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Scott Norwood tries to hold his head high despite pain of missed kick

Even after his foot has struck the ball, a kicker must keep his head down. Regardless of the field goal’s length, his follow-through technique is crucial.

Before the snap, his eyes have to remain fixed on the spot. His head should be occupied by basic thoughts to avoid distraction. Then trained on that spot. Nothing but the blessed spot.

Transfixed, he won’t see oncoming rushers in his periphery. The ball zips back; the holder puts it right on that spot. The kicker plants his foot, locks the ankle so his toe doesn’t come up too high and make the ball wobble.

His eyes stay down to keep his head down to keep his shoulders down to keep his chest down. Shoulders rise if the kicker wants to take an unadvisable early peek, and that causes the ball to drift. If his chest rises too soon, he won’t strike the ball absolutely.

The hips should be square at the target to ensure a straight flight. His head should be down until his plant foot skips a little as it’s supposed to.

Scott Norwood did all of that. Then he looked up and saw the Buffalo Bills were not going to win the Super Bowl.

“When I put myself in that moment, it’s still very fresh, very real,” Norwood said Wednesday night at a bar near his home in Virginia. “I get emotional. It’s like when I think about my parents and when they died. People always say time will take care of that. I don’t think it really does.

“But I don’t want time to deaden the feeling. That’s life.”

[From the archives: The Bills look back at Super Bowl XXV]

Twenty-five years after the Bills lost by a point to the New York Giants in Super Bowl XXV, Norwood hasn’t liberated himself.

Norwood’s unsuccessful 47-yard field goal attempt is an iconic sports moment, alongside the ground ball that dribbled through Bill Buckner’s legs in the 1986 World Series and the agony-of-defeat ski jumping wipeout from “Wide World of Sports.”

Memories of how Super Bowl XXV ended still make Norwood cry. As the Bills continued to lose an unprecedented four straight Super Bowls – the last two with a different kicker – Norwood’s pain grew exponentially. The Bills still haven’t won the NFL title, and his fateful kick was the closest they came. A few piddly feet.

“The kick certainly has taken on a life of its own,” Norwood said. “That’s just the way things evolved and elevated the load.”

He can’t shake the feeling he let down an entire city. His coaches and former teammates have known of Norwood’s grief, but even they were startled to hear the depths of his brooding from an interview this week with The Buffalo News.

“Are you kidding me? That’s just crazy,” Bills teammate Darryl Talley said upon hearing one particular revelation. “We have to do something about that, about somebody bearing that kind of pressure for such a long period of time.

“I can’t believe that. You’ve got to get past that.”

[Gallery: 25 years since Bills' 20-19 loss at Super Bowl XXV]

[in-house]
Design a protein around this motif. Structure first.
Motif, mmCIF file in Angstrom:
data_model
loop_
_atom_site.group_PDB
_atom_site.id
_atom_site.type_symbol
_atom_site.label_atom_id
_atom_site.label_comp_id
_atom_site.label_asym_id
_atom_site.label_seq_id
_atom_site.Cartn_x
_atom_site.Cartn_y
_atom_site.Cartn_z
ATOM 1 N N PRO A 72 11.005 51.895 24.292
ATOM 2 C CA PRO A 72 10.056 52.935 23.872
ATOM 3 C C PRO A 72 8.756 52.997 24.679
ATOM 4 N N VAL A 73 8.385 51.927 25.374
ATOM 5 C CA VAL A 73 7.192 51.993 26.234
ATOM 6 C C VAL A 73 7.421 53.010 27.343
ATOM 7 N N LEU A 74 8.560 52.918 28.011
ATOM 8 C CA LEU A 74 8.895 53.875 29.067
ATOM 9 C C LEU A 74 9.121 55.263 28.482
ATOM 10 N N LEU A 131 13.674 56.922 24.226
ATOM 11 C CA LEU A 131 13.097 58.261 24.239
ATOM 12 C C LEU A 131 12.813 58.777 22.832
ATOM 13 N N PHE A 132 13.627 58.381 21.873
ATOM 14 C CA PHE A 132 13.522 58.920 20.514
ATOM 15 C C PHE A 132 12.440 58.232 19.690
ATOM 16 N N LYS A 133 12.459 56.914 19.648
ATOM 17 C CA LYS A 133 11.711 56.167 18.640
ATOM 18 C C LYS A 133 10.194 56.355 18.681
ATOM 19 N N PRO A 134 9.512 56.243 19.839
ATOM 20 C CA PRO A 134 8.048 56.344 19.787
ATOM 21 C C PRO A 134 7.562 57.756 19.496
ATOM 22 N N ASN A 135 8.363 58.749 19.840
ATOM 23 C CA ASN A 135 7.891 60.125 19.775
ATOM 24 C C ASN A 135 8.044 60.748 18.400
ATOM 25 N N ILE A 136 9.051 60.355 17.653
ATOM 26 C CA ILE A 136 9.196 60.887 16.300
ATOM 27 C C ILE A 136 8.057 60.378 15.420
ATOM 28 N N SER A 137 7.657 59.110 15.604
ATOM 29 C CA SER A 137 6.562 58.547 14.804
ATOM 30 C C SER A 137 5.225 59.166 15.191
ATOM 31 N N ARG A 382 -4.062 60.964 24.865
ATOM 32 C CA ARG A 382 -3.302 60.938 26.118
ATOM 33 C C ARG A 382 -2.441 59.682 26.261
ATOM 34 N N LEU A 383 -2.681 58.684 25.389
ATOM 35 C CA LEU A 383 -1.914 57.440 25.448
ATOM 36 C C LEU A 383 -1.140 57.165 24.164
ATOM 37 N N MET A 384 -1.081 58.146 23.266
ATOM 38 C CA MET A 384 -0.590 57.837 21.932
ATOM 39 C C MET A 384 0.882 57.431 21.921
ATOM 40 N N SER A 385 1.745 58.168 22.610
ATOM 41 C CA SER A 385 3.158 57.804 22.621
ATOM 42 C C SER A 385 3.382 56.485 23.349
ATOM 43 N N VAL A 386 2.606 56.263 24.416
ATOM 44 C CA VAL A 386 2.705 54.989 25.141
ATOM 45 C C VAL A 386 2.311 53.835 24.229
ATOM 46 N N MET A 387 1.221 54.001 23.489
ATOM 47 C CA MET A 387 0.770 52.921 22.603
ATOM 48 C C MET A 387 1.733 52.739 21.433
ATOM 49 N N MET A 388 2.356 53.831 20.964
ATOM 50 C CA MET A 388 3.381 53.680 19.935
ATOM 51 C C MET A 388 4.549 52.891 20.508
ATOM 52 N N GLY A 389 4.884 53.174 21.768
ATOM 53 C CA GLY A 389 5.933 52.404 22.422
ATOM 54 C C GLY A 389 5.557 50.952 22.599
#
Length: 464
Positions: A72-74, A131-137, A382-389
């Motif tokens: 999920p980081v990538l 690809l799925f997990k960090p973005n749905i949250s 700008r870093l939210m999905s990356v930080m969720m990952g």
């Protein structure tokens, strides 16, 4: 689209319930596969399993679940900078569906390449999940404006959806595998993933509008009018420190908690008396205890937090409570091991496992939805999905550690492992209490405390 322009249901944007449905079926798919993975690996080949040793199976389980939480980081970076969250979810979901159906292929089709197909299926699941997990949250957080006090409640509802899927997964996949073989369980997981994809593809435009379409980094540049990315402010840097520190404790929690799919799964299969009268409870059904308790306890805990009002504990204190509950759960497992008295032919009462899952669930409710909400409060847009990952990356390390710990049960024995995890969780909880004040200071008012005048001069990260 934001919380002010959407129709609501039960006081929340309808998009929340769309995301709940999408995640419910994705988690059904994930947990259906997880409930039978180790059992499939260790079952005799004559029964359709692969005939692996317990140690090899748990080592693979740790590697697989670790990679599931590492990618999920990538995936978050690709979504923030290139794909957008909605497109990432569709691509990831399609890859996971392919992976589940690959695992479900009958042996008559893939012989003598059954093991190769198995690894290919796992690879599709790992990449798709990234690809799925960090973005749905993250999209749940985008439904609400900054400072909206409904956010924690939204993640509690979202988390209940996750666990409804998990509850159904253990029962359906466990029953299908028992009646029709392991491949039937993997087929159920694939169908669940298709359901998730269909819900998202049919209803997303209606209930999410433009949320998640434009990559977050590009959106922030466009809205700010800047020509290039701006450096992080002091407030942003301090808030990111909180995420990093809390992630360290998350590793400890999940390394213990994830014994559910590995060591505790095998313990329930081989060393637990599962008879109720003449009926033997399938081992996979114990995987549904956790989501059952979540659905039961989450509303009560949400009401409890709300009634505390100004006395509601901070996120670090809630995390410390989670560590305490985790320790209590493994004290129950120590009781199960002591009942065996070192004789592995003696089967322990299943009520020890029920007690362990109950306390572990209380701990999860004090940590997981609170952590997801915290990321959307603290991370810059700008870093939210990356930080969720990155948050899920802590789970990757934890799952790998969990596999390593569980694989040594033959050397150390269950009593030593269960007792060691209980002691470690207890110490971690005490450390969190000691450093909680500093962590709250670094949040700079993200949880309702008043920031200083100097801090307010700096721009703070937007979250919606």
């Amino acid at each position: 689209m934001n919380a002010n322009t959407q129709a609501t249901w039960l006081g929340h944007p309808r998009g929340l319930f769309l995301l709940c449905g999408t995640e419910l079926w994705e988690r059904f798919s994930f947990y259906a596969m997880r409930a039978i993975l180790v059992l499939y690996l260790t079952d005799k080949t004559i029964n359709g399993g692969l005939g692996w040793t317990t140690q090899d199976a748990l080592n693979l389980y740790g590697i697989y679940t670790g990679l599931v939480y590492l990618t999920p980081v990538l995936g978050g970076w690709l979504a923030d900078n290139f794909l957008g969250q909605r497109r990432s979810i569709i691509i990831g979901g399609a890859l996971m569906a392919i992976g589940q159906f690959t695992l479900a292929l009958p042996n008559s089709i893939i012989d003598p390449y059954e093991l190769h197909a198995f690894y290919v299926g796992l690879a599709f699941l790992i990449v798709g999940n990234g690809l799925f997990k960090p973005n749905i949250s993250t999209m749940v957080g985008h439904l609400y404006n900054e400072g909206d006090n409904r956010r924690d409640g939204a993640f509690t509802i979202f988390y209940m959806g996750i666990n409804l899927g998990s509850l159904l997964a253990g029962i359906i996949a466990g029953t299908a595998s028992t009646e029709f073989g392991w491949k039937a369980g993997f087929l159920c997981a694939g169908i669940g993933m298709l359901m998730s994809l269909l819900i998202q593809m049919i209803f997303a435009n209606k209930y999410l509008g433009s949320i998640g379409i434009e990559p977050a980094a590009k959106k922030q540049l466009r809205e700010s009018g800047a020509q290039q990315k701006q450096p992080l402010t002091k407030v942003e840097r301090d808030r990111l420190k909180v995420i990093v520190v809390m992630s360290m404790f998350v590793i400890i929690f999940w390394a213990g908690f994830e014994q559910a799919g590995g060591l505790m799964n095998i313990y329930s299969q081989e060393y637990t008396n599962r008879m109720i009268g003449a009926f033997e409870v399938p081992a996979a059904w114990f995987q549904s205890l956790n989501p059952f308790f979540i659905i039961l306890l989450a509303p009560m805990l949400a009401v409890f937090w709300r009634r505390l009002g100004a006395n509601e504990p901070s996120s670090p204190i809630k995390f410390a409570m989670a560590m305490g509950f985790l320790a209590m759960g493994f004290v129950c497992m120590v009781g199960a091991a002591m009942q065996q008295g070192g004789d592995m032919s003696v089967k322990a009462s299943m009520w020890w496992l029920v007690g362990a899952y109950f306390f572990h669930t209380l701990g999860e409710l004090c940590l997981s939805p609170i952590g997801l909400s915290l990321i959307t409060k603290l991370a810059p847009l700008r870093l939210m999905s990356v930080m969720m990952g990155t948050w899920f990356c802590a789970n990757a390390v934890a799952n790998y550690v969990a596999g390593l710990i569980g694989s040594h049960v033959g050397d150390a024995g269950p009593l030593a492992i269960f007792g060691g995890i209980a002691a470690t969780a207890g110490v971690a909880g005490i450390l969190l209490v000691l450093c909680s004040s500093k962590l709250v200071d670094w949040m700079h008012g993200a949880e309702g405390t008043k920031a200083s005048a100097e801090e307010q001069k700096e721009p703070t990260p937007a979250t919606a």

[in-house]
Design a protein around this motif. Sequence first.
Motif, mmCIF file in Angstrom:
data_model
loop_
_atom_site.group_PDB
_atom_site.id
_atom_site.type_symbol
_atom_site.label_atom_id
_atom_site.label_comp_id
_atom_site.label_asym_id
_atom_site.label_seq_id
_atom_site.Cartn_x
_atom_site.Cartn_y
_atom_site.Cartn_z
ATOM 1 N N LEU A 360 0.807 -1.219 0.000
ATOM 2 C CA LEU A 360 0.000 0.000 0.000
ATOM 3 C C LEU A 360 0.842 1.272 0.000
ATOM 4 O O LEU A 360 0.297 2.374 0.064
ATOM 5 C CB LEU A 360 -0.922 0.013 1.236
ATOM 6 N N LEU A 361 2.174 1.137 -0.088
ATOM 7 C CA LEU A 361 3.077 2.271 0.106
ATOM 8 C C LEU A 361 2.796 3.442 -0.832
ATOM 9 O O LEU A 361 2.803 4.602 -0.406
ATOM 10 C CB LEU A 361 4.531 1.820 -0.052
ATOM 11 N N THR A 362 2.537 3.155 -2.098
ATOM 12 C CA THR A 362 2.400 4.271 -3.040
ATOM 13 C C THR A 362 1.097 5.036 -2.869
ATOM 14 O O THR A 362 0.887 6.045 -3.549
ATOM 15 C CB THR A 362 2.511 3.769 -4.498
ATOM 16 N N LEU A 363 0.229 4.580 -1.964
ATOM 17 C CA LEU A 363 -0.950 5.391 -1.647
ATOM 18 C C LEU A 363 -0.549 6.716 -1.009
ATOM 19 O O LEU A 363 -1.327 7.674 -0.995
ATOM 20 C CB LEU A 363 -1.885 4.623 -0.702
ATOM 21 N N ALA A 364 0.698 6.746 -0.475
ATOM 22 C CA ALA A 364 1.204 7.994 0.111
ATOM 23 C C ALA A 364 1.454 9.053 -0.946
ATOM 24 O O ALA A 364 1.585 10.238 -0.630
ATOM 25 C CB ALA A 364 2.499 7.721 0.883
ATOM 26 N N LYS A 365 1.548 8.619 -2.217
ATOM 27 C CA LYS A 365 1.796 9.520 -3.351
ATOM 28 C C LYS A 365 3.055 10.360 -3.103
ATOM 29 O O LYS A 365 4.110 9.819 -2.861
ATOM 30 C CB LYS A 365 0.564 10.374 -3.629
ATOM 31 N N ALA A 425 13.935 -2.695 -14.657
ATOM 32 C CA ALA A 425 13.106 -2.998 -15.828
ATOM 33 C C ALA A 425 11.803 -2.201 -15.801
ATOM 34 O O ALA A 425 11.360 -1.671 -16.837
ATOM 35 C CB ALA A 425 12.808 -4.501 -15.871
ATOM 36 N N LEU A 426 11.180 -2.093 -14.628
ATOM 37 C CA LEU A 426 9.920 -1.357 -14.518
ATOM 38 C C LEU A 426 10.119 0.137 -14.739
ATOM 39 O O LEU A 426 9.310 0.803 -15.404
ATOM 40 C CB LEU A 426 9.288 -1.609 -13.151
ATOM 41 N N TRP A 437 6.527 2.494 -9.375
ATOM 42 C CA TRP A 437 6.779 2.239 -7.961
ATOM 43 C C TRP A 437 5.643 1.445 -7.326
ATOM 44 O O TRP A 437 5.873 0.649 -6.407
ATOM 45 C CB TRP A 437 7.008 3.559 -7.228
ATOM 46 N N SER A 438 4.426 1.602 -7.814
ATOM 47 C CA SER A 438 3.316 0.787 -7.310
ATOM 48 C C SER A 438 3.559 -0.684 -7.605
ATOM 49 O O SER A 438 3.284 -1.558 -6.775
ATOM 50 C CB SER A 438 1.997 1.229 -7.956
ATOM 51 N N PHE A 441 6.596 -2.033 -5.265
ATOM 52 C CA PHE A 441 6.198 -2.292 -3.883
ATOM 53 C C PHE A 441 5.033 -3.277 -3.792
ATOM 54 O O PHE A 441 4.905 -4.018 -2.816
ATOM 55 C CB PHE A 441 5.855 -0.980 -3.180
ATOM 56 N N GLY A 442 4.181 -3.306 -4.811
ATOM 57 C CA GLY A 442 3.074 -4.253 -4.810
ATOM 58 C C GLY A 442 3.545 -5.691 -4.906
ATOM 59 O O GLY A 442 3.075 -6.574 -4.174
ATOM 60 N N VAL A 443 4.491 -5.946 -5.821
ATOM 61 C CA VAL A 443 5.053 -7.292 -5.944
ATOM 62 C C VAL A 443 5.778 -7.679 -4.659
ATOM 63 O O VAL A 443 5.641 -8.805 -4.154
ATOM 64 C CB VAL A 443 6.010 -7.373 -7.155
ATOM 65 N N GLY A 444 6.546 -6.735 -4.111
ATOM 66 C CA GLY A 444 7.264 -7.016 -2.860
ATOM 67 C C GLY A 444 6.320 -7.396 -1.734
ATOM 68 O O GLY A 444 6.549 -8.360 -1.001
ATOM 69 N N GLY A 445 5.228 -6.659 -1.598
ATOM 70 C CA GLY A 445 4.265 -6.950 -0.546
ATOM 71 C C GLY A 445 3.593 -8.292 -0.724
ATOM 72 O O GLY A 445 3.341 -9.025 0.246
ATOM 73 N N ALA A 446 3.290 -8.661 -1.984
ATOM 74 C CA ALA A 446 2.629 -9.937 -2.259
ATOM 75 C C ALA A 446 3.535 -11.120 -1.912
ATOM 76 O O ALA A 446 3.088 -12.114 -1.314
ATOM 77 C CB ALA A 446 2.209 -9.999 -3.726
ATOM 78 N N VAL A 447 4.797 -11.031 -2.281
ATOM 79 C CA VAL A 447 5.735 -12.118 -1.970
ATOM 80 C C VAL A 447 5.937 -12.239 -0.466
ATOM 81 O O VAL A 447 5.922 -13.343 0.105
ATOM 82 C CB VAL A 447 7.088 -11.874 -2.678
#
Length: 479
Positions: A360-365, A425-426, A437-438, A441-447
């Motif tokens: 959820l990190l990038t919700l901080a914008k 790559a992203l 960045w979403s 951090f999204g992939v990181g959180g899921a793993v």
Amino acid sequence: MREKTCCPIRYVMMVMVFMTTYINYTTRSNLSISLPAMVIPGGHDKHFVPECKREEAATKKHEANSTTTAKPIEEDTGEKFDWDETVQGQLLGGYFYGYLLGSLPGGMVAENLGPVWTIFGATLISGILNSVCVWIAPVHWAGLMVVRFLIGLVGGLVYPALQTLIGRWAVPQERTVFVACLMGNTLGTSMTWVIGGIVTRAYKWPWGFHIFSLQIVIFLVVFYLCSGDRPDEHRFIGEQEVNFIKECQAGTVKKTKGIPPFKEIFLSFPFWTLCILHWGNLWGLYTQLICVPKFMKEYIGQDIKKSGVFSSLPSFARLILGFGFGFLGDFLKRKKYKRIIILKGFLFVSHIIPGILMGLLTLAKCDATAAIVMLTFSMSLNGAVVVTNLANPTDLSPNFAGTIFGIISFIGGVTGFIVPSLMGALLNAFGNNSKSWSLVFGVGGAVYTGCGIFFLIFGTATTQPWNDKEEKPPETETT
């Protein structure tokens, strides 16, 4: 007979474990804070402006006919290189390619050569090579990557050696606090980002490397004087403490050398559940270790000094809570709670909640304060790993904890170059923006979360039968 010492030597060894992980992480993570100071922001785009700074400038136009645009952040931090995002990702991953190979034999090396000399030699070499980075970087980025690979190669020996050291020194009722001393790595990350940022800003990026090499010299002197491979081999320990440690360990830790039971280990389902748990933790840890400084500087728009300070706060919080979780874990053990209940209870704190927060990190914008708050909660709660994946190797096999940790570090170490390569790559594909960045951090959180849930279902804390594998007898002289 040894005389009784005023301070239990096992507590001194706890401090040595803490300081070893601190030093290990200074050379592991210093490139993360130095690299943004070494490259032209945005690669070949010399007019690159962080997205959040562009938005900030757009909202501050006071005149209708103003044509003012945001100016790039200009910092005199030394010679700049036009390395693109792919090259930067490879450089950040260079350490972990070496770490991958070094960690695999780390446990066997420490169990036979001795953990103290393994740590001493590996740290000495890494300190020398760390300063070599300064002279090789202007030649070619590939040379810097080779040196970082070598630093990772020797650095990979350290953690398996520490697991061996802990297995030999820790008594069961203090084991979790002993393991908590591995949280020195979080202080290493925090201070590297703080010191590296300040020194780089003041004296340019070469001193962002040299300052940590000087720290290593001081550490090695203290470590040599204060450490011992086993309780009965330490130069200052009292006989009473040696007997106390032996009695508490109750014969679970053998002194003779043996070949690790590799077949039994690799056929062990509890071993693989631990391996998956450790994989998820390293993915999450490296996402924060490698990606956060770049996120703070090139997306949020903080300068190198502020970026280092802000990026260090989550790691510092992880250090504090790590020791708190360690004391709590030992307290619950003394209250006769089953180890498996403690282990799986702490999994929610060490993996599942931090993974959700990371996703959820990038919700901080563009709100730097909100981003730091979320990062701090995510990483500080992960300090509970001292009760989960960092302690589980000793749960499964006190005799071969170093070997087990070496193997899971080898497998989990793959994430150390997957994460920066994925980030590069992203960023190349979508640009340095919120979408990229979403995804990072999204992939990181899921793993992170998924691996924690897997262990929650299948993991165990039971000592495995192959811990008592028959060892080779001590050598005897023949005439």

Hall of Fame defensive end Bruce Smith reacted with a guttural noise when informed of Norwood’s delicate psyche. Smith blamed Satan.

“I can understand where Scott is coming from,” Smith said, “but I think those are the demons, the Evil One that’s actually putting those thoughts in his mind and putting him in this depressed state.”

Norwood seems aware he ought not think this way. He acknowledges he was a good kicker. Two years before the Bills’ first Super Bowl, he was the NFL’s best. He was an All-Pro in 1988 and led the league in scoring. The Bills won five games by three points or fewer that season, including each of their first three games and a 9-6 overtime victory over the New York Jets that clinched the AFC East title.

But remembering that and feeling that aren’t the same. Tucked in a corner of Jimmy’s Old Town Tavern, a loud and proud Bills bar in Herndon, Va., it was mentioned that his old coach, Bruce DeHaven, is worried. DeHaven said it was well past time Norwood “unburden himself.”

Norwood choked back tears and glanced up into the corner at a college basketball game to sidetrack his brain.

“Unburden, huh?” Norwood said, looking away. “That’s a breakthrough almost, hearing that word, because that’s really the largest part of it.”

Talley convinced Norwood to sit down for an interview with The Buffalo News. DeHaven, a gatekeeper for Norwood over the years, persuaded him to get involved in the “30 for 30: Four Falls of Buffalo” documentary from NFL Films and ESPN.

Norwood did an autograph signing Saturday in Batavia. He has another scheduled next Saturday at Sports Obsession in the Galleria Mall before a guest appearance at WGR’s roast for Hall of Fame receiver Andre Reed.

“Maybe this is one of the ways to start the process of having some closure,” Smith said. “Hopefully, he can find a peace in his mind that he hasn’t felt before.”

After 25 miserable, isolated years, Norwood should be done looking at his spot.

He’s bringing his head up.

Scott Norwood hangs his head after missing the kick in Super Bowl XXV. (James P. McCoy/News file photo)